Floating Clan Takes Over Halifax’s Northwest Arm
Whether a witch weighs the same as a duck was undecided on the waters of the Northwest Arm in Halifax on Sunday morning, but dozens of witches proved they could float.
On stand-up paddleboards and in rowing hulls, canoes and kayaks, (mostly) women dressed in black, with peaked hats, left St. Mary’s Yacht Club at 9 a.m. and snaked around the arm, testing the wind resistance of coats, capes, and related garments.
The first Halifax Witches paddle this morning on the North West Arm pic.twitter.com/aMPQIAeuMn
— Bill Spurr (@BillSpurr) October 16, 2022
Luckily there wasn’t really much wind, no bubbles, no problems and not much work.
“Calm water in the morning,” said Sarah Thompson, organizer of Witches Paddle. “I know some people wanted to do it a bit later…but safety wise, I think it’s better to do it when the water is calm, it allows more experts to get out on the water. You can see kids there with their parents, and I don’t think that would happen if the water was rougher.
The original plan was to assemble and leave the Dingle, but HRM Recreation stepped in and offered their space at St. Mary’s, along with rental canoes.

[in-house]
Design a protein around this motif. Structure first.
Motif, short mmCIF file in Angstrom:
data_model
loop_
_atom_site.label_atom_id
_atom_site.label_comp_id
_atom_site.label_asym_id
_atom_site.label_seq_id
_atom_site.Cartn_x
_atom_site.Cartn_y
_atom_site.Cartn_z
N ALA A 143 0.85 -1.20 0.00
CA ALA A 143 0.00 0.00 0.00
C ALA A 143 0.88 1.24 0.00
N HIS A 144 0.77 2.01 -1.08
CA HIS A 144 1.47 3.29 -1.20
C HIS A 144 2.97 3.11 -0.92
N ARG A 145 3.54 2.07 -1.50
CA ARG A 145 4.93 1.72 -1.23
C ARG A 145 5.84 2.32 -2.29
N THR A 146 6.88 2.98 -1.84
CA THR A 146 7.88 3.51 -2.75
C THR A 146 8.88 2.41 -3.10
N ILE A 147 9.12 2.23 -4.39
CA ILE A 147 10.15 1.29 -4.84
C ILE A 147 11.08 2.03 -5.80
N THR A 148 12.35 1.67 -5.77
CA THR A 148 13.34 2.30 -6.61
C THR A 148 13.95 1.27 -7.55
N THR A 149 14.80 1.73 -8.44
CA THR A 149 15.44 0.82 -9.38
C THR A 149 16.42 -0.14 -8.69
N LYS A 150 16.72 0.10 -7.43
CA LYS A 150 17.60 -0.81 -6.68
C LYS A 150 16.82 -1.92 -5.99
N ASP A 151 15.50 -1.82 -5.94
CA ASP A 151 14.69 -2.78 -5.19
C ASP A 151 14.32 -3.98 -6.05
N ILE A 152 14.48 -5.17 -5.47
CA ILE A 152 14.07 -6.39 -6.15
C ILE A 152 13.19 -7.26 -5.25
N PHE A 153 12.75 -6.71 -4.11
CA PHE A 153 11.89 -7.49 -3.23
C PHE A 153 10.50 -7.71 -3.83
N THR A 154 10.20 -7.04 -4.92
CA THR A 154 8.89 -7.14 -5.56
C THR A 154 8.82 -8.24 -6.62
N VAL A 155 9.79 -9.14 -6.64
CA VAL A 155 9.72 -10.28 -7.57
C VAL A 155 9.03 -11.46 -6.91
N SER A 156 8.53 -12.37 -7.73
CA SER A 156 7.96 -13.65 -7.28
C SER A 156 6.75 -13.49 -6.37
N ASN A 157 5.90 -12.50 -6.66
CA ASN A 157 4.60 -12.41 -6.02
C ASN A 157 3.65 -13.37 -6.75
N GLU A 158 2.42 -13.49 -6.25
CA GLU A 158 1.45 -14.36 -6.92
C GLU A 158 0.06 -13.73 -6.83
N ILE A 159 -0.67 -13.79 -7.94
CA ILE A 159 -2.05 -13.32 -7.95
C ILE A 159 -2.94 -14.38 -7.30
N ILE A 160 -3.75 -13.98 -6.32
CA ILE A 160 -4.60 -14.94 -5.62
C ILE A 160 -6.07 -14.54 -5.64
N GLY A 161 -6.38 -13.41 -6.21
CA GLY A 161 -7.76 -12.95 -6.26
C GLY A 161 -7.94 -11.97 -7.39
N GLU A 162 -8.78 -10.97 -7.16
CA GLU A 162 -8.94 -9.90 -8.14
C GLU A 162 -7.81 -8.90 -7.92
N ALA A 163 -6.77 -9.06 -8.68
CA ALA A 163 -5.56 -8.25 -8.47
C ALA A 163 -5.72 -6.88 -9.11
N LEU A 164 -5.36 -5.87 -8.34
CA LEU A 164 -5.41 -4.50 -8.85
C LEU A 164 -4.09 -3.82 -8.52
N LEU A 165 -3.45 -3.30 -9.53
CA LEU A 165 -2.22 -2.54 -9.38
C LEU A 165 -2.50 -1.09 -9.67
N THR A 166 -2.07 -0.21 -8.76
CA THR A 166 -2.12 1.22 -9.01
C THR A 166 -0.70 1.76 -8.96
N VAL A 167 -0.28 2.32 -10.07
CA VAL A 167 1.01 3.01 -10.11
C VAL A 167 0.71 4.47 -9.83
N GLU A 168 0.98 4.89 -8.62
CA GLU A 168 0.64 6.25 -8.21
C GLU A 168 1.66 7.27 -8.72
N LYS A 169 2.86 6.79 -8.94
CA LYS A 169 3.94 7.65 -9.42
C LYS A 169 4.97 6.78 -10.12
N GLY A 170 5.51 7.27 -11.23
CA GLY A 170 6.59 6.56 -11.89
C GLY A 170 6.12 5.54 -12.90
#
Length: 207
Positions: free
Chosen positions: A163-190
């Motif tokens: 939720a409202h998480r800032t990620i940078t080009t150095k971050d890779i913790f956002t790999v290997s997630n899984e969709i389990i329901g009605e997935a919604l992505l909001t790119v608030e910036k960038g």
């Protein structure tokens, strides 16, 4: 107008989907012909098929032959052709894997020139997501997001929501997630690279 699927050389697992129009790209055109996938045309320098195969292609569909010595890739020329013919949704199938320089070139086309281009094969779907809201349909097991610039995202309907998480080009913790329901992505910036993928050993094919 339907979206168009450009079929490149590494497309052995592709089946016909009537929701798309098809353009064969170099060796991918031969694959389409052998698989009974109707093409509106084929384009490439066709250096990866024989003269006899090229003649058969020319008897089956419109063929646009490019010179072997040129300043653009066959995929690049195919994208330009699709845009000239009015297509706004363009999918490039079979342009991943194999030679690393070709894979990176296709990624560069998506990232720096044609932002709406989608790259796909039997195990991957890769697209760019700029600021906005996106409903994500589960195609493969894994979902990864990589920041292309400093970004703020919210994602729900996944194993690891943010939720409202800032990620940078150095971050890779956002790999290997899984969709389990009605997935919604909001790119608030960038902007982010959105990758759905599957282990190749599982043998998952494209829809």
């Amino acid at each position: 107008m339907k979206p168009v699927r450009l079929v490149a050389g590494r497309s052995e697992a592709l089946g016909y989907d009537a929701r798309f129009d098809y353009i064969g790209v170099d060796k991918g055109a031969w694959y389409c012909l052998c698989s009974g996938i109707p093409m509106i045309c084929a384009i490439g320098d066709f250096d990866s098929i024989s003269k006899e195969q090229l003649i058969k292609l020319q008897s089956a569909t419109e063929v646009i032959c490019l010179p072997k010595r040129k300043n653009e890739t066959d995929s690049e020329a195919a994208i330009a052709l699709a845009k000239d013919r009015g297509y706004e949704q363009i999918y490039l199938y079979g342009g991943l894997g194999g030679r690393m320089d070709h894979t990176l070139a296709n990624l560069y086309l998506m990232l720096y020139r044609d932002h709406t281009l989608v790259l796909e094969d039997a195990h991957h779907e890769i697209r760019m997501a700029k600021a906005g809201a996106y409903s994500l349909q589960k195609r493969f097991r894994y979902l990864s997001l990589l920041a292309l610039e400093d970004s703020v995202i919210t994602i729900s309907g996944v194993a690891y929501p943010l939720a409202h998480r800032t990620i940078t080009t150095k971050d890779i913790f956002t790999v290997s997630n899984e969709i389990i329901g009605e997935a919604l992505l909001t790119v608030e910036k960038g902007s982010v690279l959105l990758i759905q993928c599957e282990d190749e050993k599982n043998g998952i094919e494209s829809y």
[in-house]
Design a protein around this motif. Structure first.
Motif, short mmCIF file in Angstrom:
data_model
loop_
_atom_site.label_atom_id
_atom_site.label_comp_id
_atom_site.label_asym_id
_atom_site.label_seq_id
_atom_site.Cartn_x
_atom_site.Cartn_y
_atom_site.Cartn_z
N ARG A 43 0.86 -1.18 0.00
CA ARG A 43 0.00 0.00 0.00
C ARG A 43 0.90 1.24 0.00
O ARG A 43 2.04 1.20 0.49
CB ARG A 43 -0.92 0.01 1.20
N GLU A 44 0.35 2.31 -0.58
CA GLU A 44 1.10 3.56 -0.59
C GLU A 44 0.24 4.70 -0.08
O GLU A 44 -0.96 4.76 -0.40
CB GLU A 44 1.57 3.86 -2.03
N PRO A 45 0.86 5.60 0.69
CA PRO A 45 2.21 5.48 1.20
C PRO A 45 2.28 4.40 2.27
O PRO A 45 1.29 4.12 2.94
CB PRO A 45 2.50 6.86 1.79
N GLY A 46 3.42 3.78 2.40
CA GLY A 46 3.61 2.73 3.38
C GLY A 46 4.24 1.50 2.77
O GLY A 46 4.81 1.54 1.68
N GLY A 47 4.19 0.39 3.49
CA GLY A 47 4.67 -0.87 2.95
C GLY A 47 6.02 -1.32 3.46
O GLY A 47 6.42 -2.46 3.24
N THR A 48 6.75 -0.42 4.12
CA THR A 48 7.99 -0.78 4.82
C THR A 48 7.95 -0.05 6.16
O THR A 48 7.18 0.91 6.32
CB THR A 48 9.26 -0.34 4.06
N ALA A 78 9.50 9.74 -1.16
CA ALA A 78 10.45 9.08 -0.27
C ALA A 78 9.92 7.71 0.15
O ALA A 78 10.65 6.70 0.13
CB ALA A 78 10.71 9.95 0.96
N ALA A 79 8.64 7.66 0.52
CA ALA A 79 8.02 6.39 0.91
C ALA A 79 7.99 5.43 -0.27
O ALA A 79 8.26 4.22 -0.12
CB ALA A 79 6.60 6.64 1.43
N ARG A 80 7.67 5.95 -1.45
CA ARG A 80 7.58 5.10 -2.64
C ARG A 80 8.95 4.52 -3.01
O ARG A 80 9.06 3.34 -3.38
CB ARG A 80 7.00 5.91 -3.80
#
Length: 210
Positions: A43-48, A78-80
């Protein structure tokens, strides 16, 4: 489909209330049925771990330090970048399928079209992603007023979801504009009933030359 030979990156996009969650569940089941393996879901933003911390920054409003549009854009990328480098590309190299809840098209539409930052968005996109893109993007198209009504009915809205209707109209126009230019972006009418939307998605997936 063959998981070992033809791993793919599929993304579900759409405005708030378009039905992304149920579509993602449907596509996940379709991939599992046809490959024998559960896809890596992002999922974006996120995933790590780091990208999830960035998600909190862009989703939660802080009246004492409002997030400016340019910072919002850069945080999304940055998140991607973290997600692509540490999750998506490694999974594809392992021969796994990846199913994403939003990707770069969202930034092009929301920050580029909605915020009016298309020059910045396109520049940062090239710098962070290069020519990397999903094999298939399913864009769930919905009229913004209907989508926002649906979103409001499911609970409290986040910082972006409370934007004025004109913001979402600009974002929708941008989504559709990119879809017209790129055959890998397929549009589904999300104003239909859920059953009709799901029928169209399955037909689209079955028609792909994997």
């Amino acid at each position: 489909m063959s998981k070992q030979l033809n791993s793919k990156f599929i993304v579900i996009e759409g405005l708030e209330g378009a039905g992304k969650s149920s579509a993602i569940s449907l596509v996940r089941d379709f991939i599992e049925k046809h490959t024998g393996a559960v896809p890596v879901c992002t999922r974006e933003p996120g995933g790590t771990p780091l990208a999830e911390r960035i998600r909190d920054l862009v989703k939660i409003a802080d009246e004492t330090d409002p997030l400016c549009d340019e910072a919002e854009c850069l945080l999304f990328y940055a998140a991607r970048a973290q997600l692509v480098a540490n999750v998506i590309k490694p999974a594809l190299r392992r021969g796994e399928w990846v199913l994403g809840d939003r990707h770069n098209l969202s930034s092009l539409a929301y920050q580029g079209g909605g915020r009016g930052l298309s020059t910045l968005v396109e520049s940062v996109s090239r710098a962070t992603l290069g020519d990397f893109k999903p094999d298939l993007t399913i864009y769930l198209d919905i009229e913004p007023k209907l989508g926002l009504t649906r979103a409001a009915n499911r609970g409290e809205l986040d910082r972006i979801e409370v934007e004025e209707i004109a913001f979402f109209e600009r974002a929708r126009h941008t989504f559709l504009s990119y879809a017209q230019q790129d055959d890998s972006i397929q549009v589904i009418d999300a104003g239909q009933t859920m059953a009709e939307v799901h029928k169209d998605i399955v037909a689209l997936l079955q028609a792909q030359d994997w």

Thompson said the event provided an opportunity to have one last organized paddle before the cold weather hits, and she thought if her hometown of Sarnia, Ont., could host an annual witches’ paddle, then Halifax should do it too.
“I saw them popping up in different cities, so I thought, why not here? There isn’t, we have tons of water, a paddling community, and not just stand-up paddlers, but kayakers, canoeists, things like that,” said Thompson, who received 120 statements. of interest.
“I feel good about participating, it’s our first, we’re going to start again. We had help from the media, it was on a lot of pages, and it was on the radio the other day, which helped get it out into the community. Word of mouth travels fast and I think next year will be even bigger.